Thursday, September 07, 2006

What are we afraid of?

Maybe I'm crazy (some people I'm sure would vehemently agree!), but I can't understand the reason people fear low-income neighborhoods so much.

Yesterday a man came by our office in Turner Courts to deliver a mail bag to one of the organizations in the office. As he was leaving he half-jokingly mentioned that the guy who was delivering before him told them he deserved hazard pay for having to deliver into that area (Turner Courts).

He chuckled.

I gave him a half-hearted smile and told him, "We're actually pretty nice people."

What is it that makes people scared just by driving into the neighborhood?

I know that, statistically, crime is higher in Turner Courts and other low-income neighborhoods. However, that doesn't mean bullets are flying 24-7. In fact, the majority of times "outsiders" are typically around (usually during the 9-5 day), there isn't much activity.

I've been told that people "hanging out" makes them uncomfortable. Would it make them uncomfortable if there were a bunch of White people "hanging out?" I tend to think the answer would be no. And in my experience, I have never seen or heard the people who are hanging out plotting to attack the first person who drives through.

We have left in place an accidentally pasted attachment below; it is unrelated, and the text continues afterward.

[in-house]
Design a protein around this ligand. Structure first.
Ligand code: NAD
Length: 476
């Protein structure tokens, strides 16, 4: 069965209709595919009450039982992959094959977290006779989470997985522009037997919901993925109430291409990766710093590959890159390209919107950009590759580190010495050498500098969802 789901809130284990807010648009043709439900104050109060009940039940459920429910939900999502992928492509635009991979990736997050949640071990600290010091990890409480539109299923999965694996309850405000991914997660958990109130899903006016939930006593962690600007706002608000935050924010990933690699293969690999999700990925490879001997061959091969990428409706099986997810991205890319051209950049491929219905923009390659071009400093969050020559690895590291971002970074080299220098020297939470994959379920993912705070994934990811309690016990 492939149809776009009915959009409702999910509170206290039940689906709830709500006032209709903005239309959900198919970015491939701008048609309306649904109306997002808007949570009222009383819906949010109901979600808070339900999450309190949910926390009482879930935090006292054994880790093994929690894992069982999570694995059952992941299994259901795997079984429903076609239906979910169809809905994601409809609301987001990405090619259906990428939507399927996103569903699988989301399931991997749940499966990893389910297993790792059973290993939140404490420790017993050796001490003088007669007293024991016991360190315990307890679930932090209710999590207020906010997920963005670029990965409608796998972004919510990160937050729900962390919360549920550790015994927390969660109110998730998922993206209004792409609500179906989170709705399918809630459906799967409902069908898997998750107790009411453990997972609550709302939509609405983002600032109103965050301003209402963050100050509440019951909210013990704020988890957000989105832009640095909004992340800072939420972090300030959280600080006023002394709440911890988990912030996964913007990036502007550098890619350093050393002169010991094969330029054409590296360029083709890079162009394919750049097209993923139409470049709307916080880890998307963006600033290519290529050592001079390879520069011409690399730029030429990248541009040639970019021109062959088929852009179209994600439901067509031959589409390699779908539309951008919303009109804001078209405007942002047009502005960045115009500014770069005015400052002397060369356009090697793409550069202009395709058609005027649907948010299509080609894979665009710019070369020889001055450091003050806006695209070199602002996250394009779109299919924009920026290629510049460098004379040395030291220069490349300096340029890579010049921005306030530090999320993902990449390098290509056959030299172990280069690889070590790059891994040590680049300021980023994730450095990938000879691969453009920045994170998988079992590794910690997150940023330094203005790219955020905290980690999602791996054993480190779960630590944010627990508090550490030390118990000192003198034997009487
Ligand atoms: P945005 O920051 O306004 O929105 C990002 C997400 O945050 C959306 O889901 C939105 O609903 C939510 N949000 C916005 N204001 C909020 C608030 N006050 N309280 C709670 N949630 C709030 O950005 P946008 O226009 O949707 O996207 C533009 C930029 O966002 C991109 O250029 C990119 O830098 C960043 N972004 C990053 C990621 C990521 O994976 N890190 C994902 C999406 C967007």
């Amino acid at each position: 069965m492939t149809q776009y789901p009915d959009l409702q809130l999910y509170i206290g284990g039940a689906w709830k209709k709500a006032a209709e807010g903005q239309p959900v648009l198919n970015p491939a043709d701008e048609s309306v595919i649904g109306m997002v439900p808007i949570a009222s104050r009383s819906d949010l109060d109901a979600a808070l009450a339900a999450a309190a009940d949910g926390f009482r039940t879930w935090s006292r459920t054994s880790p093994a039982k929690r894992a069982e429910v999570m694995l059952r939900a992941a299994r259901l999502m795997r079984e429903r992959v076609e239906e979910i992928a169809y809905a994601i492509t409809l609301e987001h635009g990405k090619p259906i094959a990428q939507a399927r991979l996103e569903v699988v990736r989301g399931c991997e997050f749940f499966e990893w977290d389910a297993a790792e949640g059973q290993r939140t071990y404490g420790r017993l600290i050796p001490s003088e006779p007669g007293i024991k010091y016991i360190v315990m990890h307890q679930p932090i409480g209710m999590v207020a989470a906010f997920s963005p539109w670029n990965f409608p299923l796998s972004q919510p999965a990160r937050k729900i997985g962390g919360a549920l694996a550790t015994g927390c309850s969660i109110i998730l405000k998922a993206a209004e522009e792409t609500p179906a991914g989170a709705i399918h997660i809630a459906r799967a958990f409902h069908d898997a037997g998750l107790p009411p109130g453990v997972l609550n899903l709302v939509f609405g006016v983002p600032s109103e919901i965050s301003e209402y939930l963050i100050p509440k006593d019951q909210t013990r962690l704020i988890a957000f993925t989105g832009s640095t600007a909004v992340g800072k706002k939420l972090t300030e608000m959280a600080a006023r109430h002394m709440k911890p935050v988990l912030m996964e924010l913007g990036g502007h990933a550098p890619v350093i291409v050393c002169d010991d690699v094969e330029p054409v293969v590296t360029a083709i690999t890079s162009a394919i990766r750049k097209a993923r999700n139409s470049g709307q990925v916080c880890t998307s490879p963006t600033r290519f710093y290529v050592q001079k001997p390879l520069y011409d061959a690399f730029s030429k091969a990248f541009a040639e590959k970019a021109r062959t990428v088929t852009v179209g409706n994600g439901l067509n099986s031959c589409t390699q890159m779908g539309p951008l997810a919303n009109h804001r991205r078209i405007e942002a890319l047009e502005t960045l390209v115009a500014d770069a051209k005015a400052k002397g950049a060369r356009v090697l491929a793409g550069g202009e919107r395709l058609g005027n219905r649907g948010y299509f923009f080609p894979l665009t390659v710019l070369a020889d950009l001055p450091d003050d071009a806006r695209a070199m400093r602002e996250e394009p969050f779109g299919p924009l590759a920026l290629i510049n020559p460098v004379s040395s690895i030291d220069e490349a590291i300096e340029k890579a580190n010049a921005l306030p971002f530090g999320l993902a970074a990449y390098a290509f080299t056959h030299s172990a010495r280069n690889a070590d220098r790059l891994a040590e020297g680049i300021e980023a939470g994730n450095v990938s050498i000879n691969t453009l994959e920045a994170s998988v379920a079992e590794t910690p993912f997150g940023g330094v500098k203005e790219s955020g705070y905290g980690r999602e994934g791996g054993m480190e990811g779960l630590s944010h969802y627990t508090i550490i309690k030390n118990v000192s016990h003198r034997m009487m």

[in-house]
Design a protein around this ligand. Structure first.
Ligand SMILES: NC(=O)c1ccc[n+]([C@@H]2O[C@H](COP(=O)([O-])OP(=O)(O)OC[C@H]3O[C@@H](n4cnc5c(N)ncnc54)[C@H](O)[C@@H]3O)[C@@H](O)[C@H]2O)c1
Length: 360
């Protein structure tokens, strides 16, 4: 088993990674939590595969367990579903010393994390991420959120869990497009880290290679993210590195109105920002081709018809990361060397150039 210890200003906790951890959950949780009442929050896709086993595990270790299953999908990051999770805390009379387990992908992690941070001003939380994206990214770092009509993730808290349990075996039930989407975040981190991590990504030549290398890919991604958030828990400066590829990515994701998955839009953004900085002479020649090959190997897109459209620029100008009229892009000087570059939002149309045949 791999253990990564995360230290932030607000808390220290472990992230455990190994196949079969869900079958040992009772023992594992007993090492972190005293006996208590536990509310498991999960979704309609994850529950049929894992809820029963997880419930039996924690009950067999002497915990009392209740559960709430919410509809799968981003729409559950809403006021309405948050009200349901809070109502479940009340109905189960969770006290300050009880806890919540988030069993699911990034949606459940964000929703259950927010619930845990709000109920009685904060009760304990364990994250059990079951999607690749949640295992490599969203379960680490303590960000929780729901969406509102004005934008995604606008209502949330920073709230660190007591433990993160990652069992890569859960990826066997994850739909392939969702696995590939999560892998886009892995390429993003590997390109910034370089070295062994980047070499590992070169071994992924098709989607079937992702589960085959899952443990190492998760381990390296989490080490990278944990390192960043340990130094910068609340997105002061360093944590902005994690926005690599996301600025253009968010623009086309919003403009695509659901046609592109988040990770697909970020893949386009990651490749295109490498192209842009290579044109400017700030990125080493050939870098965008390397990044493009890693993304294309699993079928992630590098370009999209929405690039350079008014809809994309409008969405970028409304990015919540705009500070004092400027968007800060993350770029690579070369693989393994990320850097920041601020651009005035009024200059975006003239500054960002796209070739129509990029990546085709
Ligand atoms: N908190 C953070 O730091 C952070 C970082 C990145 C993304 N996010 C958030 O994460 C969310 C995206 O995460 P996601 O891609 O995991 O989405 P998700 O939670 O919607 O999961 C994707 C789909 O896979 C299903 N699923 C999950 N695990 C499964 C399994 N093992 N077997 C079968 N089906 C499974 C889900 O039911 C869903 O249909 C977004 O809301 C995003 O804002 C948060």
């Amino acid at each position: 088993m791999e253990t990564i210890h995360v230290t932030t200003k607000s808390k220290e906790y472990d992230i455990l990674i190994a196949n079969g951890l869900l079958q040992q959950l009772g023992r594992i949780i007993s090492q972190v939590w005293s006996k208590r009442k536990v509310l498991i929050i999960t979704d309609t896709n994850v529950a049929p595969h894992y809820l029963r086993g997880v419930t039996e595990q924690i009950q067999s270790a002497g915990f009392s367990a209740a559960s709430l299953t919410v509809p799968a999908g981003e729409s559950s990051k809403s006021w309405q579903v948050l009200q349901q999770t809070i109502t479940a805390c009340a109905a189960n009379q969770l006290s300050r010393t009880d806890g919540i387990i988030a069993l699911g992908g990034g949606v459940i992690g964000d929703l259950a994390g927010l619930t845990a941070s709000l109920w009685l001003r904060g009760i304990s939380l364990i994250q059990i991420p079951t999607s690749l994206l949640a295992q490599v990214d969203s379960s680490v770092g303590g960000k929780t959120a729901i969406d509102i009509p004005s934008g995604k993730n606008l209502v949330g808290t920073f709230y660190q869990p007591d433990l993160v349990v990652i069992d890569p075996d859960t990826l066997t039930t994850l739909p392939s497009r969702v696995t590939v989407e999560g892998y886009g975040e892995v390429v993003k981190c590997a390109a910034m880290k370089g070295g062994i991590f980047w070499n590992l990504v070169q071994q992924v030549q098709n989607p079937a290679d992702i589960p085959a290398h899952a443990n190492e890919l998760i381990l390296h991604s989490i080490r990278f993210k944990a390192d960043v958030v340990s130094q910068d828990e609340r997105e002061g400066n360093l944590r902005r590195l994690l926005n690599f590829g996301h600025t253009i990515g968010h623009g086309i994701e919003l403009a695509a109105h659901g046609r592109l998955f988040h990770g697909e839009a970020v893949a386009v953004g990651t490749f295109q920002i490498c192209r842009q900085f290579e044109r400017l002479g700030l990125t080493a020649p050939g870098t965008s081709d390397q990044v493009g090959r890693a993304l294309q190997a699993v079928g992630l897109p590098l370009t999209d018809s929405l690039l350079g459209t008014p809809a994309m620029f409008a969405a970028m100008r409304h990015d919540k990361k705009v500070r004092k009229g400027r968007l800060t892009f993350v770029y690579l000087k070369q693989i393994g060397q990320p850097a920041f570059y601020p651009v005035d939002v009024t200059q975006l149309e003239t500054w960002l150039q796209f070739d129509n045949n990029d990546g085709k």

Some say it's the trash...or the run-down buildings. I've never known trash or run-down buildings to be scary. Depressing...yes. A lack of pride in their surroundings...probably.

Just so you don't think I'm completely oblivious to what's around me, please note that I am aware of the crime and stupid acts that go on. But I also know drive into and walk through Turner Courts every day without incident.

My point is that I believe society has contributed to creating an unhealthy fear of certain neighborhoods--primarily those where the majority of people are darker and poorer. Maybe if were less afraid of people and neighborhoods and actually got to know them, we all could create a different reality.

Our fears create our realities.
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